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The More Complete Stranger – The First Time I Experienced Racism

The word ‘nigger.’

I have never been able to compromise its usage outside of the African American community. We can say it, you can’t. Seems to me like that’s something you should just let go of. Anyhow, as a child, racism gave me something like a body dysmorphic disorder. For those of you unfamiliar with the term, it’s a neurological disorder in which you think your penis is bigger than everyone else’s. I also realized that I was innately attracted to fried chicken, as it is the natural African American food source (see koalas and eucalyptus, chickens and corn, monkeys and bananas, Caucasians and Bologna, etc).

As I grew older, I began to reason that the knee bone is only inadvertently connected to the collar bone—there are many variables, such as environment, education, family, and grit and wit that determine the worth and proclivities or desires of a person. It wasn’t until I moved to a white neighborhood that I became (and had to overcome) the inherent “other” my skin dictates me to be.

[media-credit id=16 align=”alignleft” width=”180″]Kareem James[/media-credit]

My first attempt to step outside of the parameters of preconceived notions and racism was in the fifth grade. I had just moved from Detroit to Wyandotte, Michigan, affectionately called, by its residents, “White Dot.” Jefferson Elementary. I was actually told by the principal that I was the only black student to ever attend the school. Within the first hour, the few students that warmed up to me incessantly insisted I teach them how to rap, how to play basketball, and how to breakdance.

And for the first time in my life, I felt absolutely trapped in my skin. So, wit happened. I began to explain to these faces that I didn’t know how to play basketball. Sure, I was named after Kareem Abdul Jabar, but I was cursed with a small body and clumsy ankles. I said I didn’t know how to rap, because my mother was a gospel singer, and we didn’t listen to secular music (only one of these statements was accurate).

Couldn’t break dance for the life of me. Moonwalking like Michael Jackson, yes. But that’s more like James Brown meets Fred Astaire than Turbo and Ozone. But you know what? l can teach you how to speak African. Sure! My whole family is from there! I’ll only teach you the juicy bits, too. I’ll teach you how to say “fuck”, and “shit-ball,” and “needle-dick.” By the end of the school year, every fifth grader clicked and murmured indecipherable tongues of “fuck you’s” and “you have a needle-dick” in perfect African speak, like Esperanto, as if there is one unifying African language, and as if I wasn’t pulling the leg with bells on it.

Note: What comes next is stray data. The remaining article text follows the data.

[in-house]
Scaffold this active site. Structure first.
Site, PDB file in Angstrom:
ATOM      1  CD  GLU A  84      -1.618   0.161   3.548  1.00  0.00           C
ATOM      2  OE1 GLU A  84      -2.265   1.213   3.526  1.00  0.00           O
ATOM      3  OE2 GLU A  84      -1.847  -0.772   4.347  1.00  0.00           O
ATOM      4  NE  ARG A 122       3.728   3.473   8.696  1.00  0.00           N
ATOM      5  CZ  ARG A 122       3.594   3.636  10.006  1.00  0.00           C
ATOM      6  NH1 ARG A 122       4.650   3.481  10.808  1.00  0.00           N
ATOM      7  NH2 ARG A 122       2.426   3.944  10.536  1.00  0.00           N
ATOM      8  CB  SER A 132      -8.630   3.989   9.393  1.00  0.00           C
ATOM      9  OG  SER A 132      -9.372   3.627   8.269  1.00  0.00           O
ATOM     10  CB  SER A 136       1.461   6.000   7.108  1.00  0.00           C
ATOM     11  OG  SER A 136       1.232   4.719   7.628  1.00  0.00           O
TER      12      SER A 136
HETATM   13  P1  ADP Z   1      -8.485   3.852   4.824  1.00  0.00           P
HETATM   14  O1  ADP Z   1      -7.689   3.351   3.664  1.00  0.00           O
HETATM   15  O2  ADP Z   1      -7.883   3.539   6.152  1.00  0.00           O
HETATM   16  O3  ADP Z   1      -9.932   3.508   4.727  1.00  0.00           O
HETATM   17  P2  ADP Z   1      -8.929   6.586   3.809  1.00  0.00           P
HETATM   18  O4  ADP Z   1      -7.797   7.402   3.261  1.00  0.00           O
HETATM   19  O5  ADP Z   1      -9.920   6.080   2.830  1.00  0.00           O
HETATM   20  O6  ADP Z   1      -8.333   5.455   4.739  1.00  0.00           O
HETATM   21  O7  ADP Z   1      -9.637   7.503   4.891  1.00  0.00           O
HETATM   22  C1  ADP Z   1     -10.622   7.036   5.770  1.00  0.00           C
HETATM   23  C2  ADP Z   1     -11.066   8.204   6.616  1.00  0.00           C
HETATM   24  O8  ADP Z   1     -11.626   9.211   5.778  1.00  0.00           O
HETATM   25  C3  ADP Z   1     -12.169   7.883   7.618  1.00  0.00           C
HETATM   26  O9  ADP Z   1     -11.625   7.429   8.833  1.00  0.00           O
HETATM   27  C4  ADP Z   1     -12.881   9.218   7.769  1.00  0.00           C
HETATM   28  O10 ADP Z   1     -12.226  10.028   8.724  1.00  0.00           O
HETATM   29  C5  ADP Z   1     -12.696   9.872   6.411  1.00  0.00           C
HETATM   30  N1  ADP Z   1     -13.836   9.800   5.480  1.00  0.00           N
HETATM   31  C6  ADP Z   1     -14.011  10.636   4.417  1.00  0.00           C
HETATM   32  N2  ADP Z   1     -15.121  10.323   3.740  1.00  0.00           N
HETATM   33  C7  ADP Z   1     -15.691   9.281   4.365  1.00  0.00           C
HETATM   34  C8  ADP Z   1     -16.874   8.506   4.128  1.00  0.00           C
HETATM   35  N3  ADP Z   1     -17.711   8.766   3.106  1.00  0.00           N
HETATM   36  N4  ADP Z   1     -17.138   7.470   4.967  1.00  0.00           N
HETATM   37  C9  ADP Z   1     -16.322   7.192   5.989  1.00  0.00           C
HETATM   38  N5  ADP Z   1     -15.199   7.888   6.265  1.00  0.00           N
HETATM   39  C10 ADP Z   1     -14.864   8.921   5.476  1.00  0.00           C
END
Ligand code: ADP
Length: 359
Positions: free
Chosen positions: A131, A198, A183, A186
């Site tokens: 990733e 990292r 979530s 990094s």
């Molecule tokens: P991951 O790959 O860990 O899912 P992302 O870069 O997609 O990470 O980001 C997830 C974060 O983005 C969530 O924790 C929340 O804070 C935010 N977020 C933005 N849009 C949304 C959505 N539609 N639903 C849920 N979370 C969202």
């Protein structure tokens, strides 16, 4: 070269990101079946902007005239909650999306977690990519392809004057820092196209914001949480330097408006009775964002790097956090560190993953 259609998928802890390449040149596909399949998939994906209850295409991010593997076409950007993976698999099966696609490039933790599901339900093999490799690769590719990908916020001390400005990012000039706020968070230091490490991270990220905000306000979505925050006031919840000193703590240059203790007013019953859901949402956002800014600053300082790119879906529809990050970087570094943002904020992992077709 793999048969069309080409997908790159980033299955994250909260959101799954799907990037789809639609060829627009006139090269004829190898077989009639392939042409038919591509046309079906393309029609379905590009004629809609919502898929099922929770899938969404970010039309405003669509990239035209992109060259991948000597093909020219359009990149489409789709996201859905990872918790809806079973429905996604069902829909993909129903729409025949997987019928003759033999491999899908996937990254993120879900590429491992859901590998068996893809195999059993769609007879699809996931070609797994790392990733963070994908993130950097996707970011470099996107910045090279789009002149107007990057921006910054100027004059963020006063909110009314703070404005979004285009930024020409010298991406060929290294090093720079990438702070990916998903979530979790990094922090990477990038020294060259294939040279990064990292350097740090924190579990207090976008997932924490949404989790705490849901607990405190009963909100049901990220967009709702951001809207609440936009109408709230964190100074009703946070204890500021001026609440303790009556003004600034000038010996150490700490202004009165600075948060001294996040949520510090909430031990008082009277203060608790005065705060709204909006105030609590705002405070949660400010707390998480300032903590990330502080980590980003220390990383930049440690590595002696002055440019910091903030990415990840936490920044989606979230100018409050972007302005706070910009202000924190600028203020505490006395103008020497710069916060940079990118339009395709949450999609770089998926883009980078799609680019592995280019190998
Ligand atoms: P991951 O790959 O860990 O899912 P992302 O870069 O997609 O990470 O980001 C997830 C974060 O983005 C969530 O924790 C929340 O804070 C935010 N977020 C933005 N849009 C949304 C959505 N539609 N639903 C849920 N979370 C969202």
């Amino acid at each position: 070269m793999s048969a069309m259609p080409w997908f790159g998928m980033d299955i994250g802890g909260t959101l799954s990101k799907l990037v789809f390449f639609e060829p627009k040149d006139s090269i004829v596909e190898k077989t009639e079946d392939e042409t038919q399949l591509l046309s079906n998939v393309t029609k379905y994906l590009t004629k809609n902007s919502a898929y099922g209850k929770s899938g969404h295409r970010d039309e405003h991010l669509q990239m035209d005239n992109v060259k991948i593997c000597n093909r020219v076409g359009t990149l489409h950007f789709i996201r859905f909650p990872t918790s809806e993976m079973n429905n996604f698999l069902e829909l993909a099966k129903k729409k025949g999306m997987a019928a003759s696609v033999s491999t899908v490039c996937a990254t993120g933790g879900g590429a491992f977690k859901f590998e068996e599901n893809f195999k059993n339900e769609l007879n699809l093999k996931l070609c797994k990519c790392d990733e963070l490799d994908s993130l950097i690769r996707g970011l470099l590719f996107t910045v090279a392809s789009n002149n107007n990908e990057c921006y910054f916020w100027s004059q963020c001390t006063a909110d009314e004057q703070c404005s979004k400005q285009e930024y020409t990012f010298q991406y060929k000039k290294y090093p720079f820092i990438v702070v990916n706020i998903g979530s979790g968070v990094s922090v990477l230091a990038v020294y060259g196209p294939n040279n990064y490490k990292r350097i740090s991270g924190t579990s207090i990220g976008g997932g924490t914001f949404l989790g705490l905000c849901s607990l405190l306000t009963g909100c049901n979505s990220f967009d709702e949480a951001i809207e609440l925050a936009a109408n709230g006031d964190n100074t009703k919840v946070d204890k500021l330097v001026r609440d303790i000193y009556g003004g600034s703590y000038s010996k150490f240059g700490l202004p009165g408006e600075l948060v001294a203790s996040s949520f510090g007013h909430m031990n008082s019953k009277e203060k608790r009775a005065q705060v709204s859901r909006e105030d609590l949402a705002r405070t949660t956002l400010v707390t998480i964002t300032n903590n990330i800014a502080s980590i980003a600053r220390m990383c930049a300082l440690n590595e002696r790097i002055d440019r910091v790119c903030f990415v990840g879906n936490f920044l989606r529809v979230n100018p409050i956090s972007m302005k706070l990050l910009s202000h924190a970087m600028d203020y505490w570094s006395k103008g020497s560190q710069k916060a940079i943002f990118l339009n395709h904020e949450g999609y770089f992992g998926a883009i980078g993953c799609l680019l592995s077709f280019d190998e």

I was 14 years old the first time I became reluctant shortstop and the word ‘nigger’ was the ball to field. 1994. Kurt Cobain had just ended his life. The demise of Tupac and Biggie was just a couple of years away. It was Spring vacation, and my mother and I had recently moved into a duplex about fifteen miles north from where we had settled three years prior, away from my friends and my stepfather (a divorce was pending). Every weekend, I would hop on my bike and ride south to visit my friends. I was riding home from there and just a few miles away from point b when it happened.

I had my headphones on and I was listening to tape four of a collection of ten mixtapes I created called Rapapolooza. The sun was setting to my right and the not yet fully matured shade trees on the sidewalks of Pardee Road were twinkling with glow bugs, and buzzing with beetles. There was very little traffic. Just me and my music, my glow and buzz, pleased with this last visit and eagerly awaiting the next. “Southernplayalisticadillacmuzik” by Outkast was on my Walkman.

My bike was in gear to cruise when I was stopped cold by a shatter at my rear wheel. A broken beer bottle and its contents soaked my left pant leg and the culprit, slowly driving south, stuck his face out, his grown man face, with pride, with dignity, with determination and shouted, “Niiiiiggggggger!”

Frozen in my tracks. I didn’t have Wikihow to help me respond (hand to Thor, there is a Wikihow page about responding to a racial slur. There’s even a page called “How to stop being racist,” in the event that kicking the habit is too hard to face cold turkey). It took me years to realize how much of a coward this man was but it only took seconds for wit to birth the retort “Only when I have to be!” as his rear lights faded south. I never paused or stopped the Walkman. Outcast was still playing but neared its end. Instead of listening to the next track, I rewound the tape to the beginning of the song.

Rewind, stop, play, not there yet…repeat the same process…rewind, stop, play the opening notes. The tension I felt dissipated, and my reality became, has remained, unafraid of ignorance. I felt like I not only knew something the beer throwing dipshit didn’t know, but I knew something the world didn’t know. This is all going to end one day. No one could ever be the construct of their skin when everything is temporary.

We are who we choose to be, so why be an asshole?

I am proud of who my skin makes me—the “other” colonialism created to divide and justify real savagery. Empowered by the history my skin holds.I believe that my skin, this history, is the story of America. The breathing embodiment of what this country was supposed to represent. I am the consequence of rape and theft and bondage, yet sanctified by deliverance. I am an example of the American dream.

The guy with the bottle? Who the fuck is he?



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